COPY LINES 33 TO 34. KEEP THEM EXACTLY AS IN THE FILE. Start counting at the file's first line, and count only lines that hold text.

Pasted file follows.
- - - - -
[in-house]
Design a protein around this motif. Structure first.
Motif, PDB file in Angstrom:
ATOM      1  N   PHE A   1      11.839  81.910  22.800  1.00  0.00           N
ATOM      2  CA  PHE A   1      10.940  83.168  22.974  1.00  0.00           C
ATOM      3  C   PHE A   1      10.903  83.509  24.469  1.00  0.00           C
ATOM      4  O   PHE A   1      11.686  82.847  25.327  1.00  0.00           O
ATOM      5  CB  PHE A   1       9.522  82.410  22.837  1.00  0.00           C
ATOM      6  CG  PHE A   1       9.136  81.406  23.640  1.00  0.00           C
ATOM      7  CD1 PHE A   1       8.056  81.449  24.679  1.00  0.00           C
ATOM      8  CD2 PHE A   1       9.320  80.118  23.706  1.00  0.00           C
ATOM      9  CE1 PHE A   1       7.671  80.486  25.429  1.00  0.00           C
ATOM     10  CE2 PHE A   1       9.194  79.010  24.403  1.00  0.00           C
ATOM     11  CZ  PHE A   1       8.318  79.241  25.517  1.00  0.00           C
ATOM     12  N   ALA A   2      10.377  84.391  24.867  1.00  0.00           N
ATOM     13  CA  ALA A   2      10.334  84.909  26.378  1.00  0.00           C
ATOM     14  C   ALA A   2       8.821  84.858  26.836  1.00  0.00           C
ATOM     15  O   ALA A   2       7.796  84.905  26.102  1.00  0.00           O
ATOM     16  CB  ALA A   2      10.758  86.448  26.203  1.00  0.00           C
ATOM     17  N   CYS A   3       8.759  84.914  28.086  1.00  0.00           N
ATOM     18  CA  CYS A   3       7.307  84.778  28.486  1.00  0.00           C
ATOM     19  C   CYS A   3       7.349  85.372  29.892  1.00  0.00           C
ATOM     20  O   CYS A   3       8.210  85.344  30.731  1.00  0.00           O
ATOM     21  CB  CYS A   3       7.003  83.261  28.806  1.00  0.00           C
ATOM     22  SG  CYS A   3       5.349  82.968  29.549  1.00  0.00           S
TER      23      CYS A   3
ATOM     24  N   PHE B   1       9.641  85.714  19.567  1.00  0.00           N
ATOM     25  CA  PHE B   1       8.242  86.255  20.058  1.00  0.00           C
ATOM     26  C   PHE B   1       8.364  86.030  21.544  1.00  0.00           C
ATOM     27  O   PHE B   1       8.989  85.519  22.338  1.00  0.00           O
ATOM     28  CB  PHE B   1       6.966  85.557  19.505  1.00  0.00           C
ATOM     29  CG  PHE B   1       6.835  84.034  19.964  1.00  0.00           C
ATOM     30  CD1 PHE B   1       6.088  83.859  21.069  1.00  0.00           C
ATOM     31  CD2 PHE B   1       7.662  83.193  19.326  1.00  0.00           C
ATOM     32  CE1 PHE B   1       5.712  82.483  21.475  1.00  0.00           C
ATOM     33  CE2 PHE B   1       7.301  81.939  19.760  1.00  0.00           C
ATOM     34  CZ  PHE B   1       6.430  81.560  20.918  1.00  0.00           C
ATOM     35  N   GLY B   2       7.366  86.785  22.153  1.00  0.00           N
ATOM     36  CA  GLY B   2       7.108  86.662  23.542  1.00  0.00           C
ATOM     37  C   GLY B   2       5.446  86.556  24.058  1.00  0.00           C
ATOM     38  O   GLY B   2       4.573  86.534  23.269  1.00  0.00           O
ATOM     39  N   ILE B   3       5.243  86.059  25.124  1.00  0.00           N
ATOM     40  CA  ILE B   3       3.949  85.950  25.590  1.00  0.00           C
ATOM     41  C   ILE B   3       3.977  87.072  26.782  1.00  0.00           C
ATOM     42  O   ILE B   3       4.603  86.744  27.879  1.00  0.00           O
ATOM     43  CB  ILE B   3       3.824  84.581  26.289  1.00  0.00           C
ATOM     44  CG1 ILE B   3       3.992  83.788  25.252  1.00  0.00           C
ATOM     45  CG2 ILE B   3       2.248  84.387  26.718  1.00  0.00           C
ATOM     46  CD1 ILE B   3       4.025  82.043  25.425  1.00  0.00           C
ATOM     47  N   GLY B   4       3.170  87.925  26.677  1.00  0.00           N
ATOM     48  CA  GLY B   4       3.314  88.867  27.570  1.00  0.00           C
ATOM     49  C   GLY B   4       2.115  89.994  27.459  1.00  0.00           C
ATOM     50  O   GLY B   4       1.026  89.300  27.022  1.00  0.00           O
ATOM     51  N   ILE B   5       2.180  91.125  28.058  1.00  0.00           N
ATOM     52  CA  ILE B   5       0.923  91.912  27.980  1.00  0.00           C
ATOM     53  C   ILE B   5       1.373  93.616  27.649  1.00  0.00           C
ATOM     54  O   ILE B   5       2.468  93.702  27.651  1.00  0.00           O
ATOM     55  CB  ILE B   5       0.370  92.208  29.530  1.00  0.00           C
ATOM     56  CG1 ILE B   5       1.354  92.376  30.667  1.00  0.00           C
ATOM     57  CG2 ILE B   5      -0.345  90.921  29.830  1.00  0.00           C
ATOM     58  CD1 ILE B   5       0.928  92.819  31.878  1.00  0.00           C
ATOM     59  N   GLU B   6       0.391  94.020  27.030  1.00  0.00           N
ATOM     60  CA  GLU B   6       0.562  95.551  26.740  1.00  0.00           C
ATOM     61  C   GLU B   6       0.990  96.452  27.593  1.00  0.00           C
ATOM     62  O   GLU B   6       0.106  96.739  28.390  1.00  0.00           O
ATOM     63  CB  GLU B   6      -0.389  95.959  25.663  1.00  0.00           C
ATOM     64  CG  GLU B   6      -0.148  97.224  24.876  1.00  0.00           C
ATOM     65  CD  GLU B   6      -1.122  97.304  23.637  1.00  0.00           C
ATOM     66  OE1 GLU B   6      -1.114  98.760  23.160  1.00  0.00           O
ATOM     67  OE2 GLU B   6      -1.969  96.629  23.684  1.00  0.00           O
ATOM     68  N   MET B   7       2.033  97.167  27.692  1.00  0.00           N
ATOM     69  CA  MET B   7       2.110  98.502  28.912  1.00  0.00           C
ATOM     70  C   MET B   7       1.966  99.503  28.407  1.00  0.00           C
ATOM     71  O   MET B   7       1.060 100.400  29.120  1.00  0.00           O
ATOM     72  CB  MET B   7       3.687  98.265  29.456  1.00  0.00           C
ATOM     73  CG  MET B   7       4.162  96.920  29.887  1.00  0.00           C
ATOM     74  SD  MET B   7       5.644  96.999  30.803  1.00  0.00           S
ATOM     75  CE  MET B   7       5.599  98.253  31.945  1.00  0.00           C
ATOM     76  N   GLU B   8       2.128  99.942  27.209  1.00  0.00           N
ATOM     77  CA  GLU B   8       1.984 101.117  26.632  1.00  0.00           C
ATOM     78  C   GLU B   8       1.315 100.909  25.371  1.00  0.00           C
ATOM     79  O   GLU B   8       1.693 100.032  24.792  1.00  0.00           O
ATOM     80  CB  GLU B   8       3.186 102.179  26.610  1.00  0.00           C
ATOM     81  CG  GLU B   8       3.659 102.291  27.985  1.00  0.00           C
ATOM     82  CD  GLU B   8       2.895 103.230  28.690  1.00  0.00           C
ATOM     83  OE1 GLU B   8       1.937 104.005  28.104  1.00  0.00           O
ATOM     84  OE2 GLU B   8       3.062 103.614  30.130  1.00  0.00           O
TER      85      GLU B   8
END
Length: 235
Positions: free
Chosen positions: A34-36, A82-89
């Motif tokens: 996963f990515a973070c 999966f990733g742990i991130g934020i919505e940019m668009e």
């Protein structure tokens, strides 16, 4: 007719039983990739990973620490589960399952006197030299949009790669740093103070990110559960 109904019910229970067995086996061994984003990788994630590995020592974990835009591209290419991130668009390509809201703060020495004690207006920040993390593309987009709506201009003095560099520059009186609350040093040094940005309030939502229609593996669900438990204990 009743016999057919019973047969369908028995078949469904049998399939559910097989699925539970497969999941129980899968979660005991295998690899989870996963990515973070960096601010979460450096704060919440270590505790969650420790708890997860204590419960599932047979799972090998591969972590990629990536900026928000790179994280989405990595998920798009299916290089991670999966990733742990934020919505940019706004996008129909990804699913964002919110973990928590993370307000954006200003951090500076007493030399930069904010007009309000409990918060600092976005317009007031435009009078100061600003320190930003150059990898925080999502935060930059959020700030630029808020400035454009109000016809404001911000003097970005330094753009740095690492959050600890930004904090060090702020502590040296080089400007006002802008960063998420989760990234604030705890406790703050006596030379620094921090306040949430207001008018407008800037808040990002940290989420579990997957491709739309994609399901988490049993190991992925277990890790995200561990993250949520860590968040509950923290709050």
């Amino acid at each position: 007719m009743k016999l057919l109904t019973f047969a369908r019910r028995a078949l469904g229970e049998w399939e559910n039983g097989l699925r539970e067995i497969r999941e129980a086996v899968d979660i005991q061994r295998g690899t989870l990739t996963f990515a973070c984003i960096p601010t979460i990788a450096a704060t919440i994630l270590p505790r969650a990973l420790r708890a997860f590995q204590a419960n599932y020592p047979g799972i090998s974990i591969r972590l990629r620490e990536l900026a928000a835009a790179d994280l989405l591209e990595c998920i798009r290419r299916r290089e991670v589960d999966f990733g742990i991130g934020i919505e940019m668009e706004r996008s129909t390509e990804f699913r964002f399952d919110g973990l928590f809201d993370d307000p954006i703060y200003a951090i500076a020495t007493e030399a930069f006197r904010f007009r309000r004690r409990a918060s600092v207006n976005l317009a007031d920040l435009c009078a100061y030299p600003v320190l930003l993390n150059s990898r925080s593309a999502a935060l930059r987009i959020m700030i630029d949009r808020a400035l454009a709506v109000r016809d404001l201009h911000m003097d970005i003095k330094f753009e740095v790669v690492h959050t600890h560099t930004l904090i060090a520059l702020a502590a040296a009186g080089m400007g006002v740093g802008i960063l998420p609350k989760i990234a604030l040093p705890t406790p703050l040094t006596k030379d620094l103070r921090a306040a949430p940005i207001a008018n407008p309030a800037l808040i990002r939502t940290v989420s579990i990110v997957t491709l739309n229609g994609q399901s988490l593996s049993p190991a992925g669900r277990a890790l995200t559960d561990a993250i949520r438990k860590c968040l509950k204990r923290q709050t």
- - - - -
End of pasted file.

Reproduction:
ATOM     30  CD1 PHE B   1       6.088  83.859  21.069  1.00  0.00           C
ATOM     31  CD2 PHE B   1       7.662  83.193  19.326  1.00  0.00           C